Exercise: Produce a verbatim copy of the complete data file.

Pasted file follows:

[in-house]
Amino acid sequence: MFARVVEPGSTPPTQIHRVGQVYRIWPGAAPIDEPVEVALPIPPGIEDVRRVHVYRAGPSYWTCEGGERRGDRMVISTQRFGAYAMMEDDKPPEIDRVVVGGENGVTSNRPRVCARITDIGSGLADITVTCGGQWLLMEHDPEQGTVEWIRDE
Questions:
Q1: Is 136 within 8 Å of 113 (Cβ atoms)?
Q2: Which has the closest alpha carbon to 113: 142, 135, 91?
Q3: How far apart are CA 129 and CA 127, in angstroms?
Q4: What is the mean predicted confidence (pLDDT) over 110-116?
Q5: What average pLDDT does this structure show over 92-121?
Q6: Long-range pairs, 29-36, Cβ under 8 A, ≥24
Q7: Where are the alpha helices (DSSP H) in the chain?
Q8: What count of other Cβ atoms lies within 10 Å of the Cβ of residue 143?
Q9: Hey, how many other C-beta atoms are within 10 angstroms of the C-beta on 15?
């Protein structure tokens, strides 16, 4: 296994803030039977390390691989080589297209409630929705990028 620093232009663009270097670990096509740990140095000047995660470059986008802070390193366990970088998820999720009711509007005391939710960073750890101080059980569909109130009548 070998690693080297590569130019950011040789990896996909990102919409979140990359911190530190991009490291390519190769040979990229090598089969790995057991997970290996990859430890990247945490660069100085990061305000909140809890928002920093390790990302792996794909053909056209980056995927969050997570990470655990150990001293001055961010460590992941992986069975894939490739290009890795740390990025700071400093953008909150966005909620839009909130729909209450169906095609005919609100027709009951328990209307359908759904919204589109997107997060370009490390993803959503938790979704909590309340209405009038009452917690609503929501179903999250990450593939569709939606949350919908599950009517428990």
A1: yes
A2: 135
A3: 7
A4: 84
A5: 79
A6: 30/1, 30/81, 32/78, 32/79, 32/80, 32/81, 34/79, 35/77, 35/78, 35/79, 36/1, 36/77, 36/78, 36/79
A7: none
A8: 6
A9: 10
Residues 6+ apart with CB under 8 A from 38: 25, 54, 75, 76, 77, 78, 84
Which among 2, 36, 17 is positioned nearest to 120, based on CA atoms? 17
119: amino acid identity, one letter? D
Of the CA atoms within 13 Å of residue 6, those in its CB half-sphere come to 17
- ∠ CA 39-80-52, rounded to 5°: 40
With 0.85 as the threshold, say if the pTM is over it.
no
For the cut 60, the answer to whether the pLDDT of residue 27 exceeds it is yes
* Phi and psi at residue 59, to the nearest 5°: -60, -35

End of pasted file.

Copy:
[in-house]
Amino acid sequence: MFARVVEPGSTPPTQIHRVGQVYRIWPGAAPIDEPVEVALPIPPGIEDVRRVHVYRAGPSYWTCEGGERRGDRMVISTQRFGAYAMMEDDKPPEIDRVVVGGENGVTSNRPRVCARITDIGSGLADITVTCGGQWLLMEHDPEQGTVEWIRDE
Questions:
Q1: Is 136 within 8 Å of 113 (Cβ atoms)?
Q2: Which has the closest alpha carbon to 113: 142, 135, 91?
Q3: How far apart are CA 129 and CA 127, in angstroms?
Q4: What is the mean predicted confidence (pLDDT) over 110-116?
Q5: What average pLDDT does this structure show over 92-121?
Q6: Long-range pairs, 29-36, Cβ under 8 A, ≥24
Q7: Where are the alpha helices (DSSP H) in the chain?
Q8: What count of other Cβ atoms lies within 10 Å of the Cβ of residue 143?
Q9: Hey, how many other C-beta atoms are within 10 angstroms of the C-beta on 15?
């Protein structure tokens, strides 16, 4: 296994803030039977390390691989080589297209409630929705990028 620093232009663009270097670990096509740990140095000047995660470059986008802070390193366990970088998820999720009711509007005391939710960073750890101080059980569909109130009548 070998690693080297590569130019950011040789990896996909990102919409979140990359911190530190991009490291390519190769040979990229090598089969790995057991997970290996990859430890990247945490660069100085990061305000909140809890928002920093390790990302792996794909053909056209980056995927969050997570990470655990150990001293001055961010460590992941992986069975894939490739290009890795740390990025700071400093953008909150966005909620839009909130729909209450169906095609005919609100027709009951328990209307359908759904919204589109997107997060370009490390993803959503938790979704909590309340209405009038009452917690609503929501179903999250990450593939569709939606949350919908599950009517428990």
A1: yes
A2: 135
A3: 7
A4: 84
A5: 79
A6: 30/1, 30/81, 32/78, 32/79, 32/80, 32/81, 34/79, 35/77, 35/78, 35/79, 36/1, 36/77, 36/78, 36/79
A7: none
A8: 6
A9: 10
Residues 6+ apart with CB under 8 A from 38: 25, 54, 75, 76, 77, 78, 84
Which among 2, 36, 17 is positioned nearest to 120, based on CA atoms? 17
119: amino acid identity, one letter? D
Of the CA atoms within 13 Å of residue 6, those in its CB half-sphere come to 17
- ∠ CA 39-80-52, rounded to 5°: 40
With 0.85 as the threshold, say if the pTM is over it.
no
For the cut 60, the answer to whether the pLDDT of residue 27 exceeds it is yes
* Phi and psi at residue 59, to the nearest 5°: -60, -35